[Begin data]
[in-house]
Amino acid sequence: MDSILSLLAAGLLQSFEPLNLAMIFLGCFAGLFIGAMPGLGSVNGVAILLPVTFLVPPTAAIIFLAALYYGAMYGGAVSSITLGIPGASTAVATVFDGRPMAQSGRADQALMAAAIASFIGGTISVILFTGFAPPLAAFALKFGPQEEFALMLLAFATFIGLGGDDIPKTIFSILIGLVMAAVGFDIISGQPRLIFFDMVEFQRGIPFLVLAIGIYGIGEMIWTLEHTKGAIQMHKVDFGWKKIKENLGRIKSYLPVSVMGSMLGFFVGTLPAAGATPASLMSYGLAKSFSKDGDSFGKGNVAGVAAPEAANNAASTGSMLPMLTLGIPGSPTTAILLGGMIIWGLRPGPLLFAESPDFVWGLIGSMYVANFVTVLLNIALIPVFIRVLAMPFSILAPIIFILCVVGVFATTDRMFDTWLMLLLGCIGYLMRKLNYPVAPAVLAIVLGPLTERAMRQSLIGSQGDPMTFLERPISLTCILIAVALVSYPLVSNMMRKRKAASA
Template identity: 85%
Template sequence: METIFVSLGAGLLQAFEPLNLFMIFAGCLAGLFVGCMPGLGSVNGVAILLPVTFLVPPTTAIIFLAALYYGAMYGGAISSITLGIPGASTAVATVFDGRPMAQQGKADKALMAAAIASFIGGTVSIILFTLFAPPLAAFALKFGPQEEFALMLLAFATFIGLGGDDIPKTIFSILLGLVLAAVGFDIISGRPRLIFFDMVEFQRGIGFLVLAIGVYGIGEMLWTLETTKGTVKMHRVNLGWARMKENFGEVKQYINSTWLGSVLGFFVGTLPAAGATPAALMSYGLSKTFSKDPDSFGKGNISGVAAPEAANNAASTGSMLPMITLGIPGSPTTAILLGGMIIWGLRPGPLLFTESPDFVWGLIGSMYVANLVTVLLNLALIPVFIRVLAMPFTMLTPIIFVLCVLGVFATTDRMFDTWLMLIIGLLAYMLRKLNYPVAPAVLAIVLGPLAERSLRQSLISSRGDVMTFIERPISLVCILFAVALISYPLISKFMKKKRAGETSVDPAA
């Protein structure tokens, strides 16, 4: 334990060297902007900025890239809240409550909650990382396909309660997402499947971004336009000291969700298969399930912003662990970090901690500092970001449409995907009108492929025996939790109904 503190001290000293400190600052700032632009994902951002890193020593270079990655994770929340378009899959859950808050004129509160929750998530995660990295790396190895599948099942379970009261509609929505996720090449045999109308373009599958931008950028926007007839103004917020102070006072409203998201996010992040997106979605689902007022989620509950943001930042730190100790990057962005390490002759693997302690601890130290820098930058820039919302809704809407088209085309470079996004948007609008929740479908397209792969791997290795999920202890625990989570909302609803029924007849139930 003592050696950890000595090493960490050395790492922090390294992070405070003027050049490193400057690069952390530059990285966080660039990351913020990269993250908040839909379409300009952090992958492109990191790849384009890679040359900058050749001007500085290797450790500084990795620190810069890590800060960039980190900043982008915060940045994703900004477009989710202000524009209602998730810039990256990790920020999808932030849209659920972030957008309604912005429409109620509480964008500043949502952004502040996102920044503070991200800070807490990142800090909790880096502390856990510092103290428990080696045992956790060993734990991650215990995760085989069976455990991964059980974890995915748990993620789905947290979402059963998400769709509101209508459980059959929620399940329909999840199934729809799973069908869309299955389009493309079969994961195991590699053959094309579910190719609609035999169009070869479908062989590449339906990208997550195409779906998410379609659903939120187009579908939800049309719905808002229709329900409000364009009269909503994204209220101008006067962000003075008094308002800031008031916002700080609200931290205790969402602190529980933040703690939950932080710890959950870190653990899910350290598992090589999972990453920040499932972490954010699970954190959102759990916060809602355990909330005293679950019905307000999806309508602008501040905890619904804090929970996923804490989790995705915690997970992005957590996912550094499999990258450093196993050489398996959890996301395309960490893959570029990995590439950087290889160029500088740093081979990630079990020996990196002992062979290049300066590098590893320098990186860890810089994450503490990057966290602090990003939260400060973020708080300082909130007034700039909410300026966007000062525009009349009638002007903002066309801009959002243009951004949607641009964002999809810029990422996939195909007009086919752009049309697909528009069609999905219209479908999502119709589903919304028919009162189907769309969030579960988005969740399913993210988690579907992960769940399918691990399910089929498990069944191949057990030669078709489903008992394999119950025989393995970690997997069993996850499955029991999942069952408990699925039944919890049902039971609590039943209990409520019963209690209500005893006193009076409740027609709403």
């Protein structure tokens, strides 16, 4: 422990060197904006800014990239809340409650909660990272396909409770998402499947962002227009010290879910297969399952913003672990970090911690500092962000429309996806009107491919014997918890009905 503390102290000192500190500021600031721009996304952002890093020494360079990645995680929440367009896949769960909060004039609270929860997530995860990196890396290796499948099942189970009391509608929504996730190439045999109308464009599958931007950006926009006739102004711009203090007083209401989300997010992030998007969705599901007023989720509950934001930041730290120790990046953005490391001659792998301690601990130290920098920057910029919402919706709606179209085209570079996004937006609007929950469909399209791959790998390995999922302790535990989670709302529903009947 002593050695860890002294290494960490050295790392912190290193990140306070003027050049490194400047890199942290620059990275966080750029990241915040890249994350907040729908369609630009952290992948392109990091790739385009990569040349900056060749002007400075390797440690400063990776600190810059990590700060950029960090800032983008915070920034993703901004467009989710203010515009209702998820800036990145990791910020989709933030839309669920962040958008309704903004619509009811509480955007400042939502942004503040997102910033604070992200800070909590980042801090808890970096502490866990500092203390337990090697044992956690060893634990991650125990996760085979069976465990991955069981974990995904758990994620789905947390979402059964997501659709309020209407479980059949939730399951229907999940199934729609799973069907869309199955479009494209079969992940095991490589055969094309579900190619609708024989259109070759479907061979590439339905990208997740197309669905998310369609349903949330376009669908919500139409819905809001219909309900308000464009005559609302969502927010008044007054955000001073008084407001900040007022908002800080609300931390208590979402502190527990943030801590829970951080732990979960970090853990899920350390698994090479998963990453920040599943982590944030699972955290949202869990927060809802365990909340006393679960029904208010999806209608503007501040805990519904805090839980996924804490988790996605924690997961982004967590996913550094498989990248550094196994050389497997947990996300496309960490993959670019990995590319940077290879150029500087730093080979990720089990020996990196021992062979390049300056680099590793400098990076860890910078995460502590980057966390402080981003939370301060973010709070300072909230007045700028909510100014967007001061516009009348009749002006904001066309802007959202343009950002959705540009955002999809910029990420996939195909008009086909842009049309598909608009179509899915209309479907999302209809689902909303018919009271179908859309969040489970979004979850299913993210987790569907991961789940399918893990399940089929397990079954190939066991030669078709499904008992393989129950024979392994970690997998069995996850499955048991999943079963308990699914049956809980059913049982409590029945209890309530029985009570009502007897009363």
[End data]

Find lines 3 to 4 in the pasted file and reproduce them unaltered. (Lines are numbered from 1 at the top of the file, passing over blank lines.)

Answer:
Template identity: 85%
Template sequence: METIFVSLGAGLLQAFEPLNLFMIFAGCLAGLFVGCMPGLGSVNGVAILLPVTFLVPPTTAIIFLAALYYGAMYGGAISSITLGIPGASTAVATVFDGRPMAQQGKADKALMAAAIASFIGGTVSIILFTLFAPPLAAFALKFGPQEEFALMLLAFATFIGLGGDDIPKTIFSILLGLVLAAVGFDIISGRPRLIFFDMVEFQRGIGFLVLAIGVYGIGEMLWTLETTKGTVKMHRVNLGWARMKENFGEVKQYINSTWLGSVLGFFVGTLPAAGATPAALMSYGLSKTFSKDPDSFGKGNISGVAAPEAANNAASTGSMLPMITLGIPGSPTTAILLGGMIIWGLRPGPLLFTESPDFVWGLIGSMYVANLVTVLLNLALIPVFIRVLAMPFTMLTPIIFVLCVLGVFATTDRMFDTWLMLIIGLLAYMLRKLNYPVAPAVLAIVLGPLAERSLRQSLISSRGDVMTFIERPISLVCILFAVALISYPLISKFMKKKRAGETSVDPAA